In the case of almonds, “raw” means something like not having gone through an additional cooking process to whiten and remove the skin from the flesh of the nuts. Therefore, raw almonds are cooked, but not as cooked as they could be or as cooked as blanched almonds. Almonds are a healthy, portable snack. Although natural, raw almonds may sound like two names for the same thing, they are different.
Natural almonds still have their skin, whether they're cooked or not. Almonds have a rich, slightly sweet flavor that is delicious on its own and also pairs well with other flavors. Almonds can be eaten whole or ground, or prepared as in marzipan, almond paste or almond butter. They are also frequently pressed to obtain their oil or even undergo a process that distills their flavor in the form of almond essence.
They are increasingly processed with water to make almond milk, a substitute for cow's milk. These raw whole almonds have the classic oval shape with a hard crunch and a rich, strong nutty flavor. This quest to find truly raw, unpasteurized almonds is the reason why Gatti's company, which is currently headquartered at Brooklyn Foodworks in Bushwick, Brooklyn, makes its almond butter with nuts from Marcona, Spain. The Department of Agriculture will implement a standard requiring the pasteurization of raw almonds grown in California's Central Valley.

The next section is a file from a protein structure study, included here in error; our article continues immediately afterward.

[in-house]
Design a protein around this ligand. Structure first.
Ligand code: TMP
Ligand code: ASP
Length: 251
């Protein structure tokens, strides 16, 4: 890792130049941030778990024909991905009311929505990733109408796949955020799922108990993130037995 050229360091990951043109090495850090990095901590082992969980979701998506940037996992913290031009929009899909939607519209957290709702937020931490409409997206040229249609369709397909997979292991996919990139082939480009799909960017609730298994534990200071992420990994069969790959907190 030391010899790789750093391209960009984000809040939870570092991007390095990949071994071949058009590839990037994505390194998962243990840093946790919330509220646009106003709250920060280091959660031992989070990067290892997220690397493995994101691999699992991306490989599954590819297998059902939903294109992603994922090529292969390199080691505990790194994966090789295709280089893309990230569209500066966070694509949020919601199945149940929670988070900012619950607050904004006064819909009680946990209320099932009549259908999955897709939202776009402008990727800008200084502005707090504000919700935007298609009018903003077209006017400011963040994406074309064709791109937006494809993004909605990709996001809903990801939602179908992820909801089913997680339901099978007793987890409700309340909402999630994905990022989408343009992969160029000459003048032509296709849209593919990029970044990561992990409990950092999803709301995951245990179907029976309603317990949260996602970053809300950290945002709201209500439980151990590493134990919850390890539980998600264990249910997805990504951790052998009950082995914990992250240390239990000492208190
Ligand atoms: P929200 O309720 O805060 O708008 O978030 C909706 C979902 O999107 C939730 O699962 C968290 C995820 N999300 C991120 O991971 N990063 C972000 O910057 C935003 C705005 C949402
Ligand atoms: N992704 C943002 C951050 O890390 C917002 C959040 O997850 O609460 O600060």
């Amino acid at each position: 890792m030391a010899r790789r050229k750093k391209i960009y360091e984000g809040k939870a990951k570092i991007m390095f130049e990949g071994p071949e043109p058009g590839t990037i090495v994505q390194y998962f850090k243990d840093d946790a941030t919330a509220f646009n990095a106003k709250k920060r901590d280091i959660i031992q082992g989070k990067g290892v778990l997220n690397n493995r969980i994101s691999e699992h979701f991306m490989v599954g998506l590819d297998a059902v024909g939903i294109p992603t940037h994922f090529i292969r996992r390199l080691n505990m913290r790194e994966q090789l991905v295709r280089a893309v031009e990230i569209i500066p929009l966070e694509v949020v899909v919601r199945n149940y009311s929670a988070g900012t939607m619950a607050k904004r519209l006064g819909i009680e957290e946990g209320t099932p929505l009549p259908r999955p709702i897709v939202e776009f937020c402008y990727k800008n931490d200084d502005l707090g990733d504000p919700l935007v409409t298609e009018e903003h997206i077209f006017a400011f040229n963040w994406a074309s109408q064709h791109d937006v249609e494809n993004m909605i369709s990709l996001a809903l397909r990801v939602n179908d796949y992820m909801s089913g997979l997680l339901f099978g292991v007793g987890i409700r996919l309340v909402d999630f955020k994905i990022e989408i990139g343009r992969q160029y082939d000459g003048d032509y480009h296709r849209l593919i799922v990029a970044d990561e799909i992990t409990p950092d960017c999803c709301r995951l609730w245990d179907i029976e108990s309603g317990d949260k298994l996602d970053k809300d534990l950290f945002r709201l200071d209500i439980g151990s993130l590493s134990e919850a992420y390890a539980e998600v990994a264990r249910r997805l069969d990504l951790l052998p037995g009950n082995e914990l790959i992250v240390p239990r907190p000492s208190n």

Steam pasteurization, for example, is a process whereby almonds are heated with steam, as the name suggests, to kill any potentially harmful bacteria. However, a steamed pasteurized almond is basically cooked at 165°F and therefore can't really be raw, even if the nut is never roasted before it gets to you. And there are problems with the two most common pasteurization methods if a consumer is looking for a truly raw almond. To get raw almonds in the United States that haven't been pasteurized with steam or PPO, you must import them.
So, not only are raw almonds from the supermarket not really raw, but they may also have been sprayed with a possibly carcinogenic gas. If you've ever spent time reading about food on the Internet, there's a good chance you've found at least a couple of articles extolling the health benefits of raw almonds. Fortunately, Marcona almonds, with their rounder shape, smoother texture and sweeter flavor, more like that of marzipan than a conventional American almond, are becoming increasingly popular in the United States and, as Americans learn about the pasteurization of almonds, there is an increasing demand for these unpasteurized products and a desire to know what exactly happens to raw almonds on their way to the market.